The Chinook is a Northern breed, bred to perform many of the same tasks as the Spitz-type breeds and with some Spitz-type ancestors in the background. Typical Chinook characteristics include webbed feet with thick, well-furred pads and the aquiline nose. They are calm, non-aggressive, with a willing, friendly disposition. The Chinook is a dignified dog who may be reserved with strangers or in unfamiliar surroundings. This breed is intelligent but matures slowly. Individual dogs may not reach their prime until as late as four years of age.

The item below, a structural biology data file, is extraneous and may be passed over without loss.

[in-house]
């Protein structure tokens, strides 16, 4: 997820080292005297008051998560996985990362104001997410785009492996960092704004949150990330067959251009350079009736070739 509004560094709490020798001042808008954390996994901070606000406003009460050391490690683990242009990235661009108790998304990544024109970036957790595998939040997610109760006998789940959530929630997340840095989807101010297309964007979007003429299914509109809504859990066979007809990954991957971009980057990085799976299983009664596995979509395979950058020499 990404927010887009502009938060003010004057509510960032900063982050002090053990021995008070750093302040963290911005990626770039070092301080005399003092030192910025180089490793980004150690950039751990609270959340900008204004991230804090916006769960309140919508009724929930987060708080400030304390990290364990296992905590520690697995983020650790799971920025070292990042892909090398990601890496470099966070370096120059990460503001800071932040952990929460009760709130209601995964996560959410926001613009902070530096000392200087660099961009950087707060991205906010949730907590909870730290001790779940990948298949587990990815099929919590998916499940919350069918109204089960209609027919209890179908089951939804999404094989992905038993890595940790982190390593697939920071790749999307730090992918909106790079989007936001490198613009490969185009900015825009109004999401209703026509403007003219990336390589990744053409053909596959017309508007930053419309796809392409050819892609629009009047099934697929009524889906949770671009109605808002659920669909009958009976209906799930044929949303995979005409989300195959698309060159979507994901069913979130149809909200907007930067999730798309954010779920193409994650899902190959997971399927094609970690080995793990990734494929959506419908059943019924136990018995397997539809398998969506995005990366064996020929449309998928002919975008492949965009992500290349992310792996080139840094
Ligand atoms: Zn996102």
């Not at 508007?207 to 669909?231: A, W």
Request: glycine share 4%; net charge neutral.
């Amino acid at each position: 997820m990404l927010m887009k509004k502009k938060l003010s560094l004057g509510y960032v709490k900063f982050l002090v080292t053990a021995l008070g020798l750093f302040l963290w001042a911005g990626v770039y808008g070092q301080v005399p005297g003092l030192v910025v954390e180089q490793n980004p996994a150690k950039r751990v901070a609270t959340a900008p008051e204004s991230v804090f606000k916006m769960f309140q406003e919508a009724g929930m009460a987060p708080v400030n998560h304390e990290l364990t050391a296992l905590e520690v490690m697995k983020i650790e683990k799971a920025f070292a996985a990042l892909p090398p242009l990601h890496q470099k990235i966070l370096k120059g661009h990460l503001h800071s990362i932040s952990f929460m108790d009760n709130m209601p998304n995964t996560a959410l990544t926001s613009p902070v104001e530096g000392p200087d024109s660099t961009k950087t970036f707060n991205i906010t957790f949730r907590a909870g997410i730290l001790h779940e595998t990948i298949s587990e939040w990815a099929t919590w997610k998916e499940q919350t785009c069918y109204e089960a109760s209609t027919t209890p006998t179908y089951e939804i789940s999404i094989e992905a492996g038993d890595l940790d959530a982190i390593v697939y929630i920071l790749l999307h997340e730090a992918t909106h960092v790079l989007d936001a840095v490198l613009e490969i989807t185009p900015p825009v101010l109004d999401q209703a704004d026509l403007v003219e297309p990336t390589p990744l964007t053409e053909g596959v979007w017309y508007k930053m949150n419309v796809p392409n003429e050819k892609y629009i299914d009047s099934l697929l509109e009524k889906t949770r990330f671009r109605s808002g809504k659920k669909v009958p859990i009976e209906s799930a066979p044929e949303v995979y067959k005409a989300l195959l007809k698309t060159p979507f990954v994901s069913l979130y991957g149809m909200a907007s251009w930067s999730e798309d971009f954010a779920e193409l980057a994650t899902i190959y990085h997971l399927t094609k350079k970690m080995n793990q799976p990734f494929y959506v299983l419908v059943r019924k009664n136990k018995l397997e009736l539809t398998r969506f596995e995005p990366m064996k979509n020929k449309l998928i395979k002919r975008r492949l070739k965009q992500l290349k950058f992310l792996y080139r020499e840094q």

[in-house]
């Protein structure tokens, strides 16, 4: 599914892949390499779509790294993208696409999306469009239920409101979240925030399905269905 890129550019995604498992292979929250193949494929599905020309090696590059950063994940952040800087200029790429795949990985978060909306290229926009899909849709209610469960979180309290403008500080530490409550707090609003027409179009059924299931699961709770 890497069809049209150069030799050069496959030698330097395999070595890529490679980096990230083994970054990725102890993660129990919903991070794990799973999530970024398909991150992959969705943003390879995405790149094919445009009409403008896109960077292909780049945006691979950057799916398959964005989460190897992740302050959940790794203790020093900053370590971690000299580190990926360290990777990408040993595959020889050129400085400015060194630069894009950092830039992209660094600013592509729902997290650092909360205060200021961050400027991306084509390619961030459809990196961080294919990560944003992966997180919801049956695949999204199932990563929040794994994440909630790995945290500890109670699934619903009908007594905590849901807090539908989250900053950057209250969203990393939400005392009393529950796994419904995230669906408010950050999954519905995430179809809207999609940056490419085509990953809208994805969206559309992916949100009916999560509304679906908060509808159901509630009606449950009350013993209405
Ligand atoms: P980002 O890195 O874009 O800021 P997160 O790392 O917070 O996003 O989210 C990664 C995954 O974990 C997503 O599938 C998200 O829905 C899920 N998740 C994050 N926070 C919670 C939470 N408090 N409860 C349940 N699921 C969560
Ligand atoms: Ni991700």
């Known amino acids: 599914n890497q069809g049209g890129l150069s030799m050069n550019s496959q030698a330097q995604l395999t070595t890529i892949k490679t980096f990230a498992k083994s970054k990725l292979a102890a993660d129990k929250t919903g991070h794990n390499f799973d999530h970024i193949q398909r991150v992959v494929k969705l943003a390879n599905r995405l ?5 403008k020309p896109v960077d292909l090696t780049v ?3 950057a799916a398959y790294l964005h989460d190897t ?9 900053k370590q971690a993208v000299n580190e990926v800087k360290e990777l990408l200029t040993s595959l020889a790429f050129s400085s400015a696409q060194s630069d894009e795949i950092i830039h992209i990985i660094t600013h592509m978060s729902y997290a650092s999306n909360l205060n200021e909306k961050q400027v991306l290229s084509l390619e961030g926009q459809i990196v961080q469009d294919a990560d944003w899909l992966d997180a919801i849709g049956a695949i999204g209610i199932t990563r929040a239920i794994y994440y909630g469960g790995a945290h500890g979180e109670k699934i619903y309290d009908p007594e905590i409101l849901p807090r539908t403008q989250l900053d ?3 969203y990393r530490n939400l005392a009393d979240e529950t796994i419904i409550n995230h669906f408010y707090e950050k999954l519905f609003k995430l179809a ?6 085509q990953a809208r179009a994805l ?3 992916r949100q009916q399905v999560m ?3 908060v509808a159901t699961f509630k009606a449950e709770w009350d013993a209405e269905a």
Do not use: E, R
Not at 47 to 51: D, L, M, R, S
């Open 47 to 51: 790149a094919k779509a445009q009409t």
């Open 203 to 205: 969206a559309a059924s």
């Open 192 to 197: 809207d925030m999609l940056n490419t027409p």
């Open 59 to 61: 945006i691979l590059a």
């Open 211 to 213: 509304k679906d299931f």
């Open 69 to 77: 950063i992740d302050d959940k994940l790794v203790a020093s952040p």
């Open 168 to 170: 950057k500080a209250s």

The Chinook is a rare breed of sled dog that was developed in America in the early twentieth century by Arthur Walden, who wanted a new working dog breed that would make a good sled dog and a great family pet. Walden crossed a mixed bred Northern Husky/Mastiff type dog named Chinook with Belgian Sheepdogs, German Shepherd Dogs, Canadian Eskimo dogs and other breeds. His offspring were then bred back to him to develop the Chinook breed. In 1965, the Guinness Book of World Records recorded the Chinook as the rarest breed, with only 125 dogs alive. Breeders of Chinooks were so rare that in 1981 there were only 12 breedable Chinooks, however, the breed was kept from extinction through breeding programs existing in Maine, Ohio and California. The breed was registered with the United Kennel Club in 1991. Today, the breed is still a very rare, predominantly American breed.